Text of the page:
Australia crushes on Fraudulent and Deceptive ICO

Australia’s financial regulator is repressing on misleading initial coin offerings (ICOs), referring on “a serious breach of the Australian law”
03 May 2018   769250

In the result of the regulator’s requests, some issuers have stopped their token sales or are updating their structures. On Tuesday the Australian Securities and Investments Commission (ASIC) declared  that it is taking measures “on misleading or deceptive conduct in the marketing and selling of digital or virtual tokens via initial coin offerings (ICOs).” ASIC is an independent Australian governmental structure that conducts as the country’s corporate regulator.

ASIC is issuing inquiries to ICO issuers and their advisers where we identify conduct or statements that may be misleading or deceptive. This is in addition to our inquiries where we identify potentially unlicensed conduct. As a result of our inquiries, some issuers have halted their ICOs or have indicated the ICO structure will be modified.
ASIC
(The Australian Securities and Investments Commission)

ASIC has also refreshed its information sheet on ICOs and cryptocurrency which defines “misleading or deceptive conduct.”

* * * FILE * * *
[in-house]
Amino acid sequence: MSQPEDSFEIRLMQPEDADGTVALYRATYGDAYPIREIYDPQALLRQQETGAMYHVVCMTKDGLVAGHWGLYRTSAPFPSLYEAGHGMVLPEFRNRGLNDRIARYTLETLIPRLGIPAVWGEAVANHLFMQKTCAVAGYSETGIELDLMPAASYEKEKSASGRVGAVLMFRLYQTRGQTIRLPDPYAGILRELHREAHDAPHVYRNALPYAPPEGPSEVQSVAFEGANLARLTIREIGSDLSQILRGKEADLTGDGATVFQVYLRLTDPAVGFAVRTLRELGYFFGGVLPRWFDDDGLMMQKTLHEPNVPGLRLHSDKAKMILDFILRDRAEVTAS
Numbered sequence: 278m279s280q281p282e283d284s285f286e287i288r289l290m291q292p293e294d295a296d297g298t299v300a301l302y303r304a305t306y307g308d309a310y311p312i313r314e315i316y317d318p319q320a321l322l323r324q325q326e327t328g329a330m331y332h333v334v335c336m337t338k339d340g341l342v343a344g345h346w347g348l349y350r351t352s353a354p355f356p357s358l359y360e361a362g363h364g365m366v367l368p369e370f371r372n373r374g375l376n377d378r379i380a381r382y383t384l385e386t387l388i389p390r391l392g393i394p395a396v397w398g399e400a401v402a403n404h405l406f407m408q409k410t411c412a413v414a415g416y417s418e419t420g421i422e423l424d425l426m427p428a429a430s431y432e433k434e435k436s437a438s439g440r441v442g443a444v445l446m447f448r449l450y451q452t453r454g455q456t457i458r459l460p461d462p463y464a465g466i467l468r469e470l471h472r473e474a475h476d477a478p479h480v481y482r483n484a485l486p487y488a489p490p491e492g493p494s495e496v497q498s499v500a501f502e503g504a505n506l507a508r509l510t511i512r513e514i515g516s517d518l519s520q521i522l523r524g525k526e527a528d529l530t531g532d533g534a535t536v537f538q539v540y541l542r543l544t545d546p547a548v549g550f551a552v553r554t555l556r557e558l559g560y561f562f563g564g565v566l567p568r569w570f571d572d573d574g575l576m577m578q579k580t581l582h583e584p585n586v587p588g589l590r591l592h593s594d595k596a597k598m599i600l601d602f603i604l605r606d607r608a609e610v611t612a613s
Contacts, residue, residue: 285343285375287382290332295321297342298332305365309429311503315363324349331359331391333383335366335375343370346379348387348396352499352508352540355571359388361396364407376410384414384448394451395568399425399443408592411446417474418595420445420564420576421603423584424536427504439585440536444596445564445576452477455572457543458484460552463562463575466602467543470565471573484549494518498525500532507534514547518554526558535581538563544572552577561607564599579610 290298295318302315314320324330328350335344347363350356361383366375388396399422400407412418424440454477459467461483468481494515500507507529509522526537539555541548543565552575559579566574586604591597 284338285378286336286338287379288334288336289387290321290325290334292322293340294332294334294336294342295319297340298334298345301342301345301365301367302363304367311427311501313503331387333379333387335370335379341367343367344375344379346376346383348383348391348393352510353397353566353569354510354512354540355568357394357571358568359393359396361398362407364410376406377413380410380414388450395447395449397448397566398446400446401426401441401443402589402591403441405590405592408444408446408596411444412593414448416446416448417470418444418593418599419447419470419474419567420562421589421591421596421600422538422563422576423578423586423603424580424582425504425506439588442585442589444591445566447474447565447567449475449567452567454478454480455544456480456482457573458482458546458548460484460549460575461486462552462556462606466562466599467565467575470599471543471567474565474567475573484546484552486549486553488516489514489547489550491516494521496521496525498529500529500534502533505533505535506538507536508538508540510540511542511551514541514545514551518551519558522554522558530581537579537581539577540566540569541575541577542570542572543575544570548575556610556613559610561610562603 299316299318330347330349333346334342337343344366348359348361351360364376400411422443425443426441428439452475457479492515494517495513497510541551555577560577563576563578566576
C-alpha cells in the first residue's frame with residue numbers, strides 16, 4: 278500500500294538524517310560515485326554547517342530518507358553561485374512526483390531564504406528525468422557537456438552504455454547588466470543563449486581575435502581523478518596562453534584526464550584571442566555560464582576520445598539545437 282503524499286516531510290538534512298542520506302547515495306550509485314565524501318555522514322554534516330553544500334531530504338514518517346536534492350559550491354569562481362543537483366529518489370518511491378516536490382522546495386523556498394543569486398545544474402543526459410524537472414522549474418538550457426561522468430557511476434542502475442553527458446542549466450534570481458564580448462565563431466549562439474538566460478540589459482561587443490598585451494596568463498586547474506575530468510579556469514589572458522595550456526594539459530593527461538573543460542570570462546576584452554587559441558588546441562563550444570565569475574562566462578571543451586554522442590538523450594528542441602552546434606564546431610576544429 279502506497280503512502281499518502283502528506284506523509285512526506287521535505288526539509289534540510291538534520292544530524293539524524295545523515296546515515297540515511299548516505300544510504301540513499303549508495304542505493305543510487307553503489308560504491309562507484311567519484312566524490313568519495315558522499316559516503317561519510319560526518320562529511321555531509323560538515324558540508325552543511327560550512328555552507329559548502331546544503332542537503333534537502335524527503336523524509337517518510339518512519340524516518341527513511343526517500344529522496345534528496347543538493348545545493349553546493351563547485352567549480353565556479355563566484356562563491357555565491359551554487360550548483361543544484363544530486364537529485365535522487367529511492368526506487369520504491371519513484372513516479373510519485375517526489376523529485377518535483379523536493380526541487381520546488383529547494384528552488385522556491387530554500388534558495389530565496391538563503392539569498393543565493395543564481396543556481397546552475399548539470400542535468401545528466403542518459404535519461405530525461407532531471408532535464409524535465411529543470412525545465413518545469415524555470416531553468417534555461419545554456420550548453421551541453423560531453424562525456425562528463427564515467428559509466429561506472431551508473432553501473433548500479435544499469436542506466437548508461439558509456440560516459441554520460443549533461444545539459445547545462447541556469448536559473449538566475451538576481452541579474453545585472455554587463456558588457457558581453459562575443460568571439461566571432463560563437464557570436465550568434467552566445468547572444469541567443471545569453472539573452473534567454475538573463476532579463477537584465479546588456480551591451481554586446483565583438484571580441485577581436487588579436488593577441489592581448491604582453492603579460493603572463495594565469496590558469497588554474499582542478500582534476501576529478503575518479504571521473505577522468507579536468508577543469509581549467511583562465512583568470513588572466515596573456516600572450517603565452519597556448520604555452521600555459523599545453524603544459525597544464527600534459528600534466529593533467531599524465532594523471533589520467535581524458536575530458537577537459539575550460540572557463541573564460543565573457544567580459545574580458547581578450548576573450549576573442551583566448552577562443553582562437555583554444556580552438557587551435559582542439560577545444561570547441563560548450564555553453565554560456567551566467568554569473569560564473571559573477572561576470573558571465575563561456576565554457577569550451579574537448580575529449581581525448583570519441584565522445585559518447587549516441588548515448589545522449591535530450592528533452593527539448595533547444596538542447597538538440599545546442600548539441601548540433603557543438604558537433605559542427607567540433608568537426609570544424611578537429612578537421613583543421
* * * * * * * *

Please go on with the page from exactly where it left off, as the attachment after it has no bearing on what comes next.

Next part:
If you are acting with someone else’s money, or selling something to someone, you have obligations. Regardless of the structure of the ICO, there is one law that will always apply: you cannot make misleading or deceptive statements about the product. This is going to be a key focus for us as this sector develops. 
John Price, 
Commissioner, ASIC

The Commission presented 4 examples of what this conduct may entail. “The use of social media to generate the appearance of a greater level of public interest in an ICO” is the 1 on the list, then “undertaking or arranging for a group to engage in trading strategies to generate the appearance of a greater level of buying and selling activity for an ICO or a crypto-asset.” Also, “failing to disclose adequate information about the ICO” and “suggesting that the ICO is a regulated product or the regulator has approved the ICO if that is not the case” are banned as well.

Poloniex to Receive GRAM Listing Application

The application was filed by the head of the Gram Vault custodian and Blackmoon COO Sergey Vasin before the SEC's lawsuit
22 October 2019   529

The head of the Gram Vault custodian, Sergey Vasin, filled out an application for listing on the Poloniex exchange before the SEC filed a lawsuit against Telegram.

According to Vasin, who is also a Blackmoon COO exchange, Gram Vault stores 50% of tokens from the first round and 75% of tokens from the second round of sales.

He also added that Telegram does not work directly with exchanges. The document was at the disposal of CoinDesk.

SEC asked Telegram for information on possible Gram trading on the Coinbase, Poloniex, Bittrex, Huobi, Binance, Blackmoon and Liquid exchanges. Only the last two and Coinbase Custody previously announced token support.

Recall that the SEC lawsuit has already forced Telegram to postpone the launch of TON in the spring of 2020.